Will a representative from the federal government attend?

I don’t think so, although we’ve asked to speak with them and for them to listen to us. And if the participants that are there tell APPO: “it’s not necessary for you to speak,” then we’ll respect that. We’ll leave this space to civil society. We think it’s an important space and that it will help us find a path to peace. There will be this route on the one hand and, on the other, that of popular mobilization, on which we’re going to push very hard. We also have a proposal for direct dialogue with the President, but we need our prisoners to be freed and the FPP to get out first. There’s no doubt that the solution to the conflict has to involve the departure of Ulises Ruiz and the implementation of the existing commitments for the transformation of Oaxaca.

If there is no governmental delegation at the dialogue, who will be your counterpart?

It won’t be a bilateral dialogue, but rather a multi-lateral space. We intend to say what we think so that we and various civil society actors can come to a conclusion about the best routes for peace and for getting the police and Ulises Ruiz to leave Oaxaca. That’s our objective, at least. What we expect from the discussion is good sense, proposals, and serious thought. We’ll see if we can come to an understanding.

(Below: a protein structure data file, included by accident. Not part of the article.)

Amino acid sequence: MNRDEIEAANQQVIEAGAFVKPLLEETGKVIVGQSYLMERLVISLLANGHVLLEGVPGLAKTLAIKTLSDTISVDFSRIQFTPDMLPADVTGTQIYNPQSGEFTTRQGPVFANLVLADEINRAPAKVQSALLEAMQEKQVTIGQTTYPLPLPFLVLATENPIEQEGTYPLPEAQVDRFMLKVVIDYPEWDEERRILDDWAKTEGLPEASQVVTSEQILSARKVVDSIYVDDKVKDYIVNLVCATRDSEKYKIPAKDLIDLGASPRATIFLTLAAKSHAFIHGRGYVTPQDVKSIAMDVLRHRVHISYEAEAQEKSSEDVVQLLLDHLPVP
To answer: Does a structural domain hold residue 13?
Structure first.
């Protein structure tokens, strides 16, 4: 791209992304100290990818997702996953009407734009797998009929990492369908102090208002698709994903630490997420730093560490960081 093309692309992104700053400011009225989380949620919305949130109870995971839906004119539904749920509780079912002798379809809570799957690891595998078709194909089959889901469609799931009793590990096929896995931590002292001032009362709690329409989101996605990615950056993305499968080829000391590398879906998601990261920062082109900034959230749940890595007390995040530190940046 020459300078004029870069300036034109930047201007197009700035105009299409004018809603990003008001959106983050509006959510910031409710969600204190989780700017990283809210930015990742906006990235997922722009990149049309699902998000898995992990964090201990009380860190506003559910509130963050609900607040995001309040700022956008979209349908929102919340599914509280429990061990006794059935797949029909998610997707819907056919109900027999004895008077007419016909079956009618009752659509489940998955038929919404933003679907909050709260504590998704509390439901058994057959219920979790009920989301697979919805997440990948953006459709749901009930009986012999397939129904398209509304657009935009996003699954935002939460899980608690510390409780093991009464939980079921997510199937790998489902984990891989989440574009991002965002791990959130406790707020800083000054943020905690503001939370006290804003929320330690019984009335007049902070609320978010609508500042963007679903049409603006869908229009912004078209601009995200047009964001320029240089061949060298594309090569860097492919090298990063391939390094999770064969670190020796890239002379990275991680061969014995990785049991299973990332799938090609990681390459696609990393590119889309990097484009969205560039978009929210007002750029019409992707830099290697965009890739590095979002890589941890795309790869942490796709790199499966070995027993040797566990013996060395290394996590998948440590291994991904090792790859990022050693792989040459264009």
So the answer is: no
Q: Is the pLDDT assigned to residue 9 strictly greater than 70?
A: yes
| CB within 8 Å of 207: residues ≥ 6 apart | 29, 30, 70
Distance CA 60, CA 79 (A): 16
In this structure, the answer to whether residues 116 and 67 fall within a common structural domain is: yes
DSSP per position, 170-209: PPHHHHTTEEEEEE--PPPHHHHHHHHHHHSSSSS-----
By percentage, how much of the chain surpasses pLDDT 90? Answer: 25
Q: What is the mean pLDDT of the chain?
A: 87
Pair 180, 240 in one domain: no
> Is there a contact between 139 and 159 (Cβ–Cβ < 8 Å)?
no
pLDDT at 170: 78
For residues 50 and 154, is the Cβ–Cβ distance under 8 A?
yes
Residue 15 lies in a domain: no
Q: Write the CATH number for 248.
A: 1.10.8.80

What will happen if you force Ulises out but the federal government installs another governor with similar characteristics?

That’s not possible, because Oaxaca won’t allow it and they know it. There’s going to be a party here when Ulises falls. People who haven’t protested with us before are going to run into the street saying, “We won! . . . I was always with you!” We’ve already seen this happen during the marches. Some people don’t participate at first, but when they see themselves in this enormous mirror of the megamarches, they join.

What is the goal of this Sunday’s megamarch?

To demonstrate the movement’s strength and popular support. Also, to show our opposition to the FPP and our desire for a peaceful solution to the conflict.

Are you thinking of coordinating your struggle with the other great movements in Mexico, like the Zapatistas and the civil resistance to the electoral fraud?

Sadly, that’s not our priority right now, although we are committed to the democratic transformation of the country. We will see what’s the best way to fight for this. The social fabric in Oaxaca has suffered terrible wounds: people have lost jobs, the teachers aren’t teaching; there are problems in the communities; the health sector has shut down. Third parties have been affected, it has to be recognized. We’re in an emergency situation and need to resolve local matters first. But in no way does that mean that we will disregard national issues. In fact, we think it’s necessary to connect ourselves to the Other Campaign, the National Democratic Convention, and various additional organizations.